Surface and Lightning Sources of Nitrogen Oxides over the United States: Magnitudes, Chemical Evolution, and Outflow

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Surface and Lightning Sources of Nitrogen Oxides over the United States: Magnitudes, Chemical Evolution, and Outflow

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Title: Surface and Lightning Sources of Nitrogen Oxides over the United States: Magnitudes, Chemical Evolution, and Outflow
Author: Hudman, R. C.; Jacob, Daniel J.; Turquety, Solene; Leibensperger, Eric Michael; Murray, Lee Thomas; Wu, S.; Gilliland, A. B.; Avery, M.; Bertram, T. H.; Brune, W.; Cohen, R. C.; Dibb, J. E.; Flocke, F. M.; Fried, A.; Holloway, J.; Neuman, J. A.; Orville, R.; Perring, A.; Ren, X.; Sachse, G. W.; Singh, H. B.; Swanson, A.; Wooldridge, P. J.

Note: Order does not necessarily reflect citation order of authors.

Citation: Hudman, R. C., Daniel J. Jacob, Solene Turquety, Eric M. Leibensperger, L. T. Murray, S. Wu, A. B. Gilliland, et al. 2007. Surface and lightning sources of nitrogen oxides over the United States: Magnitudes, chemical evolution, and outflow. Journal of Geophysical Research 112: D12S05.
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Abstract: We use observations from two aircraft during the ICARTT campaign over the eastern United States and North Atlantic during summer 2004, interpreted with a global 3-D model of tropospheric chemistry (GEOS-Chem) to test current understanding of regional sources, chemical evolution, and export of NOx. The boundary layer NOx data provide top-down verification of a 50% decrease in power plant and industry NOx emissions over the eastern United States between 1999 and 2004. Observed NOx concentrations at 8–12 km altitude were 0.55 ± 0.36 ppbv, much larger than in previous U.S. aircraft campaigns (ELCHEM, SUCCESS, SONEX) though consistent with data from the NOXAR program aboard commercial aircraft. We show that regional lightning is the dominant source of this upper tropospheric NOx and increases upper tropospheric ozone by 10 ppbv. Simulating ICARTT upper tropospheric NOx observations with GEOS-Chem requires a factor of 4 increase in modeled NOx yield per flash (to 500 mol/flash). Observed OH concentrations were a factor of 2 lower than can be explained from current photochemical models, for reasons that are unclear. A NOy-CO correlation analysis of the fraction f of North American NOx emissions vented to the free troposphere as NOy (sum of NOx and its oxidation products) shows observed f = 16 ± 10% and modeled f = 14 ± 9%, consistent with previous studies. Export to the lower free troposphere is mostly HNO3 but at higher altitudes is mostly PAN. The model successfully simulates NOy export efficiency and speciation, supporting previous model estimates of a large U.S. anthropogenic contribution to global tropospheric ozone through PAN export.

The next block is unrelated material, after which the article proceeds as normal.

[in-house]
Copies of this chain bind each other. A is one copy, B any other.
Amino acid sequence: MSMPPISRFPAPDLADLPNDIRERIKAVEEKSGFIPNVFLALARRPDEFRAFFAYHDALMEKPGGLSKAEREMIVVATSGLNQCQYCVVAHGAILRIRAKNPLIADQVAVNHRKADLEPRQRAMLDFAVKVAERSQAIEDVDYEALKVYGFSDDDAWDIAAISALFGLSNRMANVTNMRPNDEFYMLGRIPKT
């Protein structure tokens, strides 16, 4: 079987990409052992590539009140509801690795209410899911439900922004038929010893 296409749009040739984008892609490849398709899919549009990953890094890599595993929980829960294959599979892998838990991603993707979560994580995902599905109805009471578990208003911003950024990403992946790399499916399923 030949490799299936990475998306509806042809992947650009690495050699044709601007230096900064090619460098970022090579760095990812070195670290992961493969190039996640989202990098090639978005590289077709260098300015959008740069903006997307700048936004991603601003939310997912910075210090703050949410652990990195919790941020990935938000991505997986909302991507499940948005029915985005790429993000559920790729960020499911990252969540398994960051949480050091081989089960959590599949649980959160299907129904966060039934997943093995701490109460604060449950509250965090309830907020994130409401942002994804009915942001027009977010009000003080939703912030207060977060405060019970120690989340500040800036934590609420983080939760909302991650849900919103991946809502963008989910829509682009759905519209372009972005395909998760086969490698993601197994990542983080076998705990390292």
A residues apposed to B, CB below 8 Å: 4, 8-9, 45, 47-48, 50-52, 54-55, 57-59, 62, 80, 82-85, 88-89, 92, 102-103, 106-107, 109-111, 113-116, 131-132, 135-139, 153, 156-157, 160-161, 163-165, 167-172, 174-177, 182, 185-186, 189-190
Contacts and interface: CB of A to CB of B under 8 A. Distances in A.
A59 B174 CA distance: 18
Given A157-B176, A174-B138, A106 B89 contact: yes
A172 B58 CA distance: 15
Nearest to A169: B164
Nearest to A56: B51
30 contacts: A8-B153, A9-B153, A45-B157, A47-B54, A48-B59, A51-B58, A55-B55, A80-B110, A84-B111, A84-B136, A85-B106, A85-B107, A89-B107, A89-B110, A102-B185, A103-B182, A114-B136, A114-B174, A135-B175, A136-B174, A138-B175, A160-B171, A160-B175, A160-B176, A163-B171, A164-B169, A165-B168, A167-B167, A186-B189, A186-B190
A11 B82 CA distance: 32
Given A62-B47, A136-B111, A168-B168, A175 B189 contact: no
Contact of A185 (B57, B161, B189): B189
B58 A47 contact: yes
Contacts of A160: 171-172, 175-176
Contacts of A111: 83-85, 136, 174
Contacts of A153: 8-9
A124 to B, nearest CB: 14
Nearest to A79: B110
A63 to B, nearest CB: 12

Published Version: doi:10.1029/2006JD007912
Terms of Use: This article is made available under the terms and conditions applicable to Other Posted Material, as set forth at http://nrs.harvard.edu/urn-3:HUL.InstRepos:dash.current.terms-of-use#LAA
Citable link to this page: http://nrs.harvard.edu/urn-3:HUL.InstRepos:3716279

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  • FAS Scholarly Articles [6948]
    Peer reviewed scholarly articles from the Faculty of Arts and Sciences of Harvard University
 
 

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